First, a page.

The Land was written for the South Holland Choral Project in Lincolnshire and was commissioned by the South Holland District Council to celebrate the changing seasons in that area. It was first performed at St Mary Magdalene Church, Gedney on April 29th, 1995.
Whilst the four-part choir relates the original poetry, the semi-chorus provides the folk melodies. For much of the work they exist as separate units but there are occasions when they come together. The string orchestra also serves to compliment the two choral groups and provide the opportunity for rich textures and antiphonal effects. The only ‘season’ which is independent of the semi-chorus is Winter. This is very much an introduction to the succeeding movements which, with their folk-song flavour, rely heavily on dance rhythms and a typically ‘English’ harmonic style.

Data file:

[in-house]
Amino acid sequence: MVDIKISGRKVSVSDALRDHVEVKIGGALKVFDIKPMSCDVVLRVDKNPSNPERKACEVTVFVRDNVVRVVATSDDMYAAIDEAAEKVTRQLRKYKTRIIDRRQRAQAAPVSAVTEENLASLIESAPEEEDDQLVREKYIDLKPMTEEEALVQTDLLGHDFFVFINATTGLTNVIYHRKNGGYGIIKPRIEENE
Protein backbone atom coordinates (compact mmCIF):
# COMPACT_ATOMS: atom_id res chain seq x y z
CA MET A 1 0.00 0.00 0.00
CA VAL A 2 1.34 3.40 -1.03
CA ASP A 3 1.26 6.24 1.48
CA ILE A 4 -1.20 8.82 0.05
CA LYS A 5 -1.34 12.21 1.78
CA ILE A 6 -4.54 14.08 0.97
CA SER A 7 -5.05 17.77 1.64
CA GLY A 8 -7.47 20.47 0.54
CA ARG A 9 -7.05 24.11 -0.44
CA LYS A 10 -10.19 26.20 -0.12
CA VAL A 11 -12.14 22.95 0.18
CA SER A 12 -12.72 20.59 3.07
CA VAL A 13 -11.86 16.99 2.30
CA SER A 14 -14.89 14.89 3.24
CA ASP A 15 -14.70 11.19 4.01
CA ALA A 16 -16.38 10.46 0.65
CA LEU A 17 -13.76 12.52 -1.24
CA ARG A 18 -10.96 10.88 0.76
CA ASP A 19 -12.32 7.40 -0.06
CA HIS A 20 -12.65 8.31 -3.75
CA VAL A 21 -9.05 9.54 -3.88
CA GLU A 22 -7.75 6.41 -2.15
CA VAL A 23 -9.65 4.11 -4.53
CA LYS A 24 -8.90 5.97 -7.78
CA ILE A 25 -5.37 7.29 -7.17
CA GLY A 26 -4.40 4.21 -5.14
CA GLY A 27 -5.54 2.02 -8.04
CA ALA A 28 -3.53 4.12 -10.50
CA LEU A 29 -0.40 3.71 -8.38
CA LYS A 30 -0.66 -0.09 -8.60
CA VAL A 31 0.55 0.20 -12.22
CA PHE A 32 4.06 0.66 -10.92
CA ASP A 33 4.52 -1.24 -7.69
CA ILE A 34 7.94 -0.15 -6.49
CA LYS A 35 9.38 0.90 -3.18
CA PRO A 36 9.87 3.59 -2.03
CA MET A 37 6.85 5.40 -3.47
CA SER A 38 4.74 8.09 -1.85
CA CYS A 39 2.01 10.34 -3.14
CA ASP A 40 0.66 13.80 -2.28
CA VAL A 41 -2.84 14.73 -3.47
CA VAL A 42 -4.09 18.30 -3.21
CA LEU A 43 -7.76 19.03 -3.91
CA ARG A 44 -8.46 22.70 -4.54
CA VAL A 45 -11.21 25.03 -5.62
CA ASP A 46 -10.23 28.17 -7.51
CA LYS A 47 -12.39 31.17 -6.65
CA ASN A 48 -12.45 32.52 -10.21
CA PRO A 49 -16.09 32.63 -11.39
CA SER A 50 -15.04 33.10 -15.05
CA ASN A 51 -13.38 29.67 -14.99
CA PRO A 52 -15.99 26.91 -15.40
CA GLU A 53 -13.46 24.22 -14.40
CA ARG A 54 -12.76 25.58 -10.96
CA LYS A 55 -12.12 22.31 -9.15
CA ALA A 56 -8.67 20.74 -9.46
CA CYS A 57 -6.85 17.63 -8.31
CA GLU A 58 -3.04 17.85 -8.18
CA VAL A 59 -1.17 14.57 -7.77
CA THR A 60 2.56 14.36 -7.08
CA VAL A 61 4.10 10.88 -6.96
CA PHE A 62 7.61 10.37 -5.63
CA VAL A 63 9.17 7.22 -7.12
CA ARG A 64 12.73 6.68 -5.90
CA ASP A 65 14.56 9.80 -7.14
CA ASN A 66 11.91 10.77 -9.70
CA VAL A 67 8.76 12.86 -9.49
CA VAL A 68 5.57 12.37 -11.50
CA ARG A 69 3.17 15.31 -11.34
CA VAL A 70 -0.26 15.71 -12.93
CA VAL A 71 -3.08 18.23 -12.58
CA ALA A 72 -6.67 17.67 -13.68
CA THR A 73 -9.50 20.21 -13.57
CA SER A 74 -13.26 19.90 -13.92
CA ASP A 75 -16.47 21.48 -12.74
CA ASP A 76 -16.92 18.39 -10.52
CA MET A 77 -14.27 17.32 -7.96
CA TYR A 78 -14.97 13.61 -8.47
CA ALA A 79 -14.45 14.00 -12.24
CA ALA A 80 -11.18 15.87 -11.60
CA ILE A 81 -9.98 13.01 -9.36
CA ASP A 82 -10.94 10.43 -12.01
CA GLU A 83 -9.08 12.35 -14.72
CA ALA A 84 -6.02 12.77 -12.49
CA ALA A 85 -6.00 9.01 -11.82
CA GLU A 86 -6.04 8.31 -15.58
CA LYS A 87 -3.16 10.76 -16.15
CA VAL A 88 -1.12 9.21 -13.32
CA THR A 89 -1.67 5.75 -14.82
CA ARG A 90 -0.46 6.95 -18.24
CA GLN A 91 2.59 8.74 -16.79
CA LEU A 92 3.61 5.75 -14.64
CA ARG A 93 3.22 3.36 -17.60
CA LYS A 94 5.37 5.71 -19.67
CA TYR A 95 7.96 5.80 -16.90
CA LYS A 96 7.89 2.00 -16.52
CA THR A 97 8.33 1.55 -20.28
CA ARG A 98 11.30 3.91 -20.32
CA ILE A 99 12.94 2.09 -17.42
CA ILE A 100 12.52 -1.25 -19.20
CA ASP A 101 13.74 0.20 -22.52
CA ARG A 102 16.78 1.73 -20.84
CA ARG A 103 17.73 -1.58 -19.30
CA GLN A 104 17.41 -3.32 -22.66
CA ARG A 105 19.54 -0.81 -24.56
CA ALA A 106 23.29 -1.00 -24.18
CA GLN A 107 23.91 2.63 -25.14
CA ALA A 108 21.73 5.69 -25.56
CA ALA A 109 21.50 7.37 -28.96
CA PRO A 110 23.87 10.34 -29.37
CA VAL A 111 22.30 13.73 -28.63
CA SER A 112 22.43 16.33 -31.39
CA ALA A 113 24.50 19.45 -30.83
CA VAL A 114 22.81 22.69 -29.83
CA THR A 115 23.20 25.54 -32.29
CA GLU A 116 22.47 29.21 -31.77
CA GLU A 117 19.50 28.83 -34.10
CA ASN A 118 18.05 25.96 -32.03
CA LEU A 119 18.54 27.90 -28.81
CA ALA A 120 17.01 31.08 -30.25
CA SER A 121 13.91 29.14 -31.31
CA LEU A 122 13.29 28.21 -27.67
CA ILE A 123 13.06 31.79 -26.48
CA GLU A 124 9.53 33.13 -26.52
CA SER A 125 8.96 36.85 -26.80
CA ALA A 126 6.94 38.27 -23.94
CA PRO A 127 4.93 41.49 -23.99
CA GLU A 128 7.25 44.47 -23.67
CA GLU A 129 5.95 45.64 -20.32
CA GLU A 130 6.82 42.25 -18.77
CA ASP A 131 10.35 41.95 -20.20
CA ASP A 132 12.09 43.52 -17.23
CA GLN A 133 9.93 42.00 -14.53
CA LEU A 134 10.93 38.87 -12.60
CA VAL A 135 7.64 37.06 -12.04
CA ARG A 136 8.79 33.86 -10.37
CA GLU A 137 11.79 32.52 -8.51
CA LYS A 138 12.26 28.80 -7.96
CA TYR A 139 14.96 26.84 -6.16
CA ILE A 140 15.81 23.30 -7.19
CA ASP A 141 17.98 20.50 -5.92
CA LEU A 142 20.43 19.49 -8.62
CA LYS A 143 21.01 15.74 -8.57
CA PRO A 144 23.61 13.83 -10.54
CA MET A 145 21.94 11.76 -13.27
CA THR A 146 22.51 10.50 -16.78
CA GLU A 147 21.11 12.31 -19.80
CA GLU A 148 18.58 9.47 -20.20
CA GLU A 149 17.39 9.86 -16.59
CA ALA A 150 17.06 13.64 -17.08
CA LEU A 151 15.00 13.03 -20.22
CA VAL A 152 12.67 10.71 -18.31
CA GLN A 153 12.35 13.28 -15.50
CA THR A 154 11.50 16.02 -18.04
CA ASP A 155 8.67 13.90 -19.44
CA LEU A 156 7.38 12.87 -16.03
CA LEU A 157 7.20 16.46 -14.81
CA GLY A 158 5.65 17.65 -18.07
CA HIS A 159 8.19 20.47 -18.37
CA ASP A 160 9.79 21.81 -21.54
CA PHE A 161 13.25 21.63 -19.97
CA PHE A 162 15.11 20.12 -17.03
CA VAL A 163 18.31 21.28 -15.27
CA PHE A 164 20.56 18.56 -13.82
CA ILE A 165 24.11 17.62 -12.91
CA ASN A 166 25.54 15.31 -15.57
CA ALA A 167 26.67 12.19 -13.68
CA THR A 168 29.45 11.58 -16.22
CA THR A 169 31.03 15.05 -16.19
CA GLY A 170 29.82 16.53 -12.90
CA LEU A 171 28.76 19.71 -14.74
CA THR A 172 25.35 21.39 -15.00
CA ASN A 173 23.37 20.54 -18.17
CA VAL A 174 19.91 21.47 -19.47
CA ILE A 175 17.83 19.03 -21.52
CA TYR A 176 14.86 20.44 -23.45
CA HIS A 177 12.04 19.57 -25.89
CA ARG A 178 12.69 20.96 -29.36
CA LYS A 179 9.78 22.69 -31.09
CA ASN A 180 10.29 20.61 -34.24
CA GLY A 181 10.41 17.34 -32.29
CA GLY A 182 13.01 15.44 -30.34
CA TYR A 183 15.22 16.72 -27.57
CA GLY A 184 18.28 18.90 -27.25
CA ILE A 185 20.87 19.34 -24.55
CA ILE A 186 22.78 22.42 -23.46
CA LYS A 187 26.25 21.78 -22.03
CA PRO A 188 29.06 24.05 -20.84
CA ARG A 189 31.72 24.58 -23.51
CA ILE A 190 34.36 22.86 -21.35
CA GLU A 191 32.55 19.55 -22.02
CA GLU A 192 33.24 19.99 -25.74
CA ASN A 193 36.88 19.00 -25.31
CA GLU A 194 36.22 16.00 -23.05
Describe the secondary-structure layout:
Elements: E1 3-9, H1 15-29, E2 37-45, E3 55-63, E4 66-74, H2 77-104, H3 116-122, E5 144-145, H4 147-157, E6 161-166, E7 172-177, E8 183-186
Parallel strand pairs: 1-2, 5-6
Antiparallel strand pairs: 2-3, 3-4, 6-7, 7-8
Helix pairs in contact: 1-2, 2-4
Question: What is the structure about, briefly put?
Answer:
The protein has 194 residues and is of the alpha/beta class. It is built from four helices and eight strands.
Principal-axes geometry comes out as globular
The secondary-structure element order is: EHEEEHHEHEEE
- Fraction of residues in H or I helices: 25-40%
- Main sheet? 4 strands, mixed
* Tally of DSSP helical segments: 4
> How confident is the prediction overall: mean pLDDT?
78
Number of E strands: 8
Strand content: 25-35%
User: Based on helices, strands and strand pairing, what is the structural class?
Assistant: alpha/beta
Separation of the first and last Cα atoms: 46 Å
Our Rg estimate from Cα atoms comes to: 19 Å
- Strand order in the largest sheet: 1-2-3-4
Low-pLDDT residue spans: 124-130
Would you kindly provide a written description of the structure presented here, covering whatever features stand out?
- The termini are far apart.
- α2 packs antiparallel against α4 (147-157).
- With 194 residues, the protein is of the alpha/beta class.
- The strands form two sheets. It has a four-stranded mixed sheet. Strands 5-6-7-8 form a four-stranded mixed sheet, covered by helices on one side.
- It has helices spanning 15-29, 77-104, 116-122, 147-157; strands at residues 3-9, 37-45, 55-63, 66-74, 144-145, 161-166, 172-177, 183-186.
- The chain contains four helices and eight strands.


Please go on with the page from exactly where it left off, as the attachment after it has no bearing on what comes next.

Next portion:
The celebration of beauty was one of the main elements of writing the poems. The landscape, once dubbed ‘the factory floor of England’ is unique with wide and deep skies, tantalising skylines; patterns of colours on a panoramic scale. Except for Winter, the poems are in strophic form, bound to the metre of the folk song which is the musical base to each movement. In Summer, a liberty is taken in the creation of a new text for the refrain of ‘Bring Fair’.
The work is dedicated to the memory of Liz Busby, Patrick’s friend, who was tragically killed at the time the work was being composed.